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Joshua Jackson Learns a New Language for ‘Children of a Lesser God’

April 2, 2018 by Suzy Evans
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(Photographed by Nathan Johnson)

When Joshua Jackson started working on “Children of a Lesser God,” he was like “a barely verbal child.” The Tony-winning play follows the love story between a speech therapist and his Deaf student, and Jackson had to learn American Sign Language for the part.

The show premiered at Berkshire Theatre Group last summer and opens on Broadway on April 11. His co-star Lauren Ridloff recalls working with Jackson on the language for an hour before rehearsals every day.

“He came in ready and open,” Ridloff says.” He works so hard. When I see the amount of effort he puts into the show, I can’t help but do the same thing.”

Director Kenny Leon asked Jackson if he would join the project after they worked together on “Smart People” off Broadway, and Jackson was eager to collaborate again and make his Broadway debut. While Jackson has spent much of his career on screen in series like “Dawson’s Creek” and “The Affair,” he’s always had Broadway on his bucket list.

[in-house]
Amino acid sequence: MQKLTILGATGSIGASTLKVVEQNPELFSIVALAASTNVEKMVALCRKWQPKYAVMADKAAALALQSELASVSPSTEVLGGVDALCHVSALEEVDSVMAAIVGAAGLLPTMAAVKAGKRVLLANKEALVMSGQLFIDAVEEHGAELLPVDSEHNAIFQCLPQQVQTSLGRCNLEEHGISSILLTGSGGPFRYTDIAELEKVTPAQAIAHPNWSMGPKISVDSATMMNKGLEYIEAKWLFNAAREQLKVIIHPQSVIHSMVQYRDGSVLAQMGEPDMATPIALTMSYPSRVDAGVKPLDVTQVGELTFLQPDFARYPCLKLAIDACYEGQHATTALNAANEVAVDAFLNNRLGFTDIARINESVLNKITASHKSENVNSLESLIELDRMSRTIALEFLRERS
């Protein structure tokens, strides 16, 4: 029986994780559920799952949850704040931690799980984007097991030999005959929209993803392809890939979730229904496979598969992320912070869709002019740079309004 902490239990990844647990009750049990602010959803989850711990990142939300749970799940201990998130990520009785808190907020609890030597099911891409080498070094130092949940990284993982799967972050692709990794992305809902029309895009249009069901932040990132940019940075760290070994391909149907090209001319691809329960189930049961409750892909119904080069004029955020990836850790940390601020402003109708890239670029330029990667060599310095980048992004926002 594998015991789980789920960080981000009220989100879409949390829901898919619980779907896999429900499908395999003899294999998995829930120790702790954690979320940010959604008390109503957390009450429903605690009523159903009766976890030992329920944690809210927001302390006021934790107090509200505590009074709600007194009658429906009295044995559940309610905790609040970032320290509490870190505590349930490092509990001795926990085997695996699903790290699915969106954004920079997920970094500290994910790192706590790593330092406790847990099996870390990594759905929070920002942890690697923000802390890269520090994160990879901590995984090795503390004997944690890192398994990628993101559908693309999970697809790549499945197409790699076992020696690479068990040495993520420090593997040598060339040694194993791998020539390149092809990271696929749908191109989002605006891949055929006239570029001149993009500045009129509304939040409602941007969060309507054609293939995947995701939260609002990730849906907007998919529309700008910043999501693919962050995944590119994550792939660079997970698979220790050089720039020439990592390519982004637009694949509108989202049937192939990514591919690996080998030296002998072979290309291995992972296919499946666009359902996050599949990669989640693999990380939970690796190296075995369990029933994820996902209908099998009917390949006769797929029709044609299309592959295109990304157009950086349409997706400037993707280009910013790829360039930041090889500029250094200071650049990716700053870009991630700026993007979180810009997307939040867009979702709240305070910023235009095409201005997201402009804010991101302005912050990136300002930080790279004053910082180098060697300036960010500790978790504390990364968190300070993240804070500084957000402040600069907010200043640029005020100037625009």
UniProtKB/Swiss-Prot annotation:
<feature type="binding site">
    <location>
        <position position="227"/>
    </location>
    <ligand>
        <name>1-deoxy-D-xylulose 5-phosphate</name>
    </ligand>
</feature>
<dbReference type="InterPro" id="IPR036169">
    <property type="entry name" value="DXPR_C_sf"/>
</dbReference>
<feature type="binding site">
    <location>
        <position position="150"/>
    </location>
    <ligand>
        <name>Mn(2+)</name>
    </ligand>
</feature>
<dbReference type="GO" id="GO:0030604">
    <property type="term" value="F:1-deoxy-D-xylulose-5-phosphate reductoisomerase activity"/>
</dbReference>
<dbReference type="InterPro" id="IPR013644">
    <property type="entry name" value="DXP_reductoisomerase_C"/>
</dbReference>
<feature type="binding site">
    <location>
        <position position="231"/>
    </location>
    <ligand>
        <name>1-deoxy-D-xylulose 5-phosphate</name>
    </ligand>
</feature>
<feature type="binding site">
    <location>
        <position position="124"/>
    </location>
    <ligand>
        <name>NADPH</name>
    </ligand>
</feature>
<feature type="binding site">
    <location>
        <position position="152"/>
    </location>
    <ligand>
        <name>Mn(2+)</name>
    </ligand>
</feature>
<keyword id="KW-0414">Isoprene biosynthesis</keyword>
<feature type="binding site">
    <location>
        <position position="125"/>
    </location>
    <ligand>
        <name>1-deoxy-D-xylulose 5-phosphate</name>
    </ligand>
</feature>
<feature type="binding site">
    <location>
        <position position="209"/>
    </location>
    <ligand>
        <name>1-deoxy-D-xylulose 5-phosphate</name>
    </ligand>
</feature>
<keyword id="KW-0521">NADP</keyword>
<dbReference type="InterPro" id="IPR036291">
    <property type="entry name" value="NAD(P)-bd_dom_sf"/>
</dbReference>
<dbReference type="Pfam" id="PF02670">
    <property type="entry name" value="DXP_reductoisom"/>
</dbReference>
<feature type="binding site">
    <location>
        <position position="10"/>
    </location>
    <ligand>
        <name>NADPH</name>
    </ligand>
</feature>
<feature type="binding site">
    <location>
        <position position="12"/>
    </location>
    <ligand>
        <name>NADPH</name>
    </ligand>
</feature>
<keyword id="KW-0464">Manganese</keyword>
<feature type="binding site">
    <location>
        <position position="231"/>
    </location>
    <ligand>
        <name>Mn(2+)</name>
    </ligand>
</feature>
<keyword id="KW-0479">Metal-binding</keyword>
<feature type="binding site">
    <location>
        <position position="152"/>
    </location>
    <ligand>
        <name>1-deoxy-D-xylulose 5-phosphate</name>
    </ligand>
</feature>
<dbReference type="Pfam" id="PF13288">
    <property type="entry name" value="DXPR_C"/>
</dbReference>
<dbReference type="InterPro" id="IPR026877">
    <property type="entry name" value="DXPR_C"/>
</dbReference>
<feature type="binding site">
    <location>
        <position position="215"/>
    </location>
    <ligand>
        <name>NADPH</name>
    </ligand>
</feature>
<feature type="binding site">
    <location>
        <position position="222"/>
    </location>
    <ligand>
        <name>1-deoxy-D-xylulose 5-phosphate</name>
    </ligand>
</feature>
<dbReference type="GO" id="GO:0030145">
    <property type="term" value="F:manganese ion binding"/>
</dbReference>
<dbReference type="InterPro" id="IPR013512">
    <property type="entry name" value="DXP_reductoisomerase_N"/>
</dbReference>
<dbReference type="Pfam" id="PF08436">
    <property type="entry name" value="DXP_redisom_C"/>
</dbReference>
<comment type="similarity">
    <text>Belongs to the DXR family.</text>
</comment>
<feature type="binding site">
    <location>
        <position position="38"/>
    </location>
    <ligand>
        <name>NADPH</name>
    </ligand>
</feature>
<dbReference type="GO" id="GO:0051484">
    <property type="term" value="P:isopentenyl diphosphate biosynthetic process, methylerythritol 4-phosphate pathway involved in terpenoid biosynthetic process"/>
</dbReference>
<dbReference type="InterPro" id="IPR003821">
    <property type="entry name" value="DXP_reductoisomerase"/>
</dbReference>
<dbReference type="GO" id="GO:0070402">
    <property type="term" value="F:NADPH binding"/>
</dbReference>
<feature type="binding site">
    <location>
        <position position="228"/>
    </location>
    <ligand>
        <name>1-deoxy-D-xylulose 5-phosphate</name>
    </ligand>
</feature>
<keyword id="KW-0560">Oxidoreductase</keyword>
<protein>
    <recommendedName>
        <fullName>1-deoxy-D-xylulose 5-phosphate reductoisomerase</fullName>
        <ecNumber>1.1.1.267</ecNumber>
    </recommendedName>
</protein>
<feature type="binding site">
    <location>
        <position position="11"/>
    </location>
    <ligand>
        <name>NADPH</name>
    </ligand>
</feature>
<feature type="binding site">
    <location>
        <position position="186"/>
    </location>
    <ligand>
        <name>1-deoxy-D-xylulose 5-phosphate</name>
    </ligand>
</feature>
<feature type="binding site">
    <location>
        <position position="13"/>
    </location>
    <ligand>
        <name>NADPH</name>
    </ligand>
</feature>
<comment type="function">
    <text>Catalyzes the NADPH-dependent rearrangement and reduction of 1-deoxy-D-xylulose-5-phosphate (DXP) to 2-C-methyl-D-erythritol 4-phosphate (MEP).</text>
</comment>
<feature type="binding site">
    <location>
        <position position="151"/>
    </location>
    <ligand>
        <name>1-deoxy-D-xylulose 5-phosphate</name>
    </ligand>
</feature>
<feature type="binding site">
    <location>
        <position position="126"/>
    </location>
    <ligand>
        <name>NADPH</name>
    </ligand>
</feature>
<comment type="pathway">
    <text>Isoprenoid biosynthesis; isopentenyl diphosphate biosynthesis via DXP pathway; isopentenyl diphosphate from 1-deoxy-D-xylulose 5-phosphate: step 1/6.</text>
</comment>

“When you are onstage as an actor, you are in totality responsible for your performance,” Jackson says of the difference between the mediums. “It’s one of those things that you don’t get in television, because ultimately your performance is in the hands of editors, directors, and writers. Whereas after I’m finished with the rehearsal process and I’m standing on stage, that’s my performance time.”

Jackson plays James Leeds, a man “blinded by his own abilities,” and he admits that like his character, he is “guilty of mansplaining, as is every man.” But he hopes what audiences take away from the story’s message is to be open and listen to each other in times of turmoil and disagreement.

“We live in this cultural moment where we are talking at each other and not to each other, and not really trying to empathetically understand the how and why of the other side of the argument,” he says. “As much as this show is set in a very specific world, the core of it is universal and it’s something that I think we’re all struggling with right now. How do we truly come to an understanding with somebody who is different than us?”

Styled by Julianna Alabado
Grooming by Jennifer Brent

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